# st: Re: Generating predicted values for OLS with transformed dependent variables

 From Phil Schumm To statalist@hsphsun2.harvard.edu Subject st: Re: Generating predicted values for OLS with transformed dependent variables Date Wed, 12 Apr 2006 13:56:57 -0500

```On Apr 12, 2006, at 9:31 AM, Nick Cox wrote:
```
As posted earlier, -glm- offers the back-to-basics Jacobin solution as an alternative to this use of Jacobians.
```On Apr 12, 2006, at 11:00 AM, Rodrigo A. Alfaro wrote:
```
I didn't explore glm command before, then I tried the following:

sysuse auto
g lnp=ln(price)

and the coefficient (let's say mu) is different. Is there somethig than I am missing? a normalization issue?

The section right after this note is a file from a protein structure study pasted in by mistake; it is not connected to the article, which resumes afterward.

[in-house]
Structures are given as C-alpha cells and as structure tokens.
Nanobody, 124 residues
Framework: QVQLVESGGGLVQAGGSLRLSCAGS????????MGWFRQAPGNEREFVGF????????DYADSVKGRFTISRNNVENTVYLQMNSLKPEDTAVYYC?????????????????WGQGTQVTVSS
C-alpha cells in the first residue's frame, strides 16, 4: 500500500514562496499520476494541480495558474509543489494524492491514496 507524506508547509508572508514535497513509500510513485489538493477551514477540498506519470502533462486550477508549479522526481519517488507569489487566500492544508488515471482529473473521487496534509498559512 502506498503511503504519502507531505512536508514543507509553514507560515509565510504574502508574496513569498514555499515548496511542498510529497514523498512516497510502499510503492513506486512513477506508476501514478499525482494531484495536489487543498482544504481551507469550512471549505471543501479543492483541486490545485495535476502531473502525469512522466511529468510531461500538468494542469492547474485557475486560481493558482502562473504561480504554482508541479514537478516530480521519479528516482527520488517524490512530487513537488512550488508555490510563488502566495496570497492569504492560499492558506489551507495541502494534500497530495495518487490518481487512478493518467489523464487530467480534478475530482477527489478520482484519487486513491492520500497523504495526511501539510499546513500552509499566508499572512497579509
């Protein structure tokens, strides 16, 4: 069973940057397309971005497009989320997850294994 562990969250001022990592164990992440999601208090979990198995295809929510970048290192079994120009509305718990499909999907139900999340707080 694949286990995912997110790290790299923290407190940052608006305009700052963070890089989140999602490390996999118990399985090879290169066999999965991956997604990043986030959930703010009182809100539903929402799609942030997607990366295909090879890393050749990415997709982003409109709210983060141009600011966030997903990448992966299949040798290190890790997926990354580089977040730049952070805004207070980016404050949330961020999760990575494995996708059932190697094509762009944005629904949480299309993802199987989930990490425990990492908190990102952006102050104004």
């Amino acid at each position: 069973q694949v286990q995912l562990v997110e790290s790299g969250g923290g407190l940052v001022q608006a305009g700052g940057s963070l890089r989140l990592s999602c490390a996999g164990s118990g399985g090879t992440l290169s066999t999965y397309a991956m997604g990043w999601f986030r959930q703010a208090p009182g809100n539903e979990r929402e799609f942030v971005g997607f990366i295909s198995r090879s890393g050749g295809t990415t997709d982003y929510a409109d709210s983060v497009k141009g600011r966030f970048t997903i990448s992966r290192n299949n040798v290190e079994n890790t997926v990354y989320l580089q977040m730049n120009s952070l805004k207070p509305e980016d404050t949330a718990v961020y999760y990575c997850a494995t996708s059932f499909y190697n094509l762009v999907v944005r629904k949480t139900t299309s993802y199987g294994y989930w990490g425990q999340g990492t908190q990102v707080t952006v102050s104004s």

To expand on Nick's suggestion, one of the primary features of the GLM approach (as opposed to modeling a transformed variable) is to obtain predictions on the raw (i.e., untransformed) scale. So GLM is absolutely an important alternative to consider if this is a requirement.

The reason your results are different is that you've fit two different models. They are:

E[log(price)] = XB (fit by -regress-, generating B_hat)

and

log(E[price]) = XG (fit by -glm-)

One can show that under certain conditions, you can consistently estimate G by B_hat (except for the intercept), but if those conditions aren't met, B_hat will be estimating something different. Naively assuming that B_hat estimates G is a common mistake people make when interpreting the results of a regression on a transformed variable.

The documentation on -glm- in [R] is a good start, but if you're using this for anything important, I'd strongly suggest picking up a copy of Generalized Linear Models (by McCullagh and Nelder), in particular the chapters "An outline of generalized linear models" and "Models with constant coefficient of variation".

-- Phil

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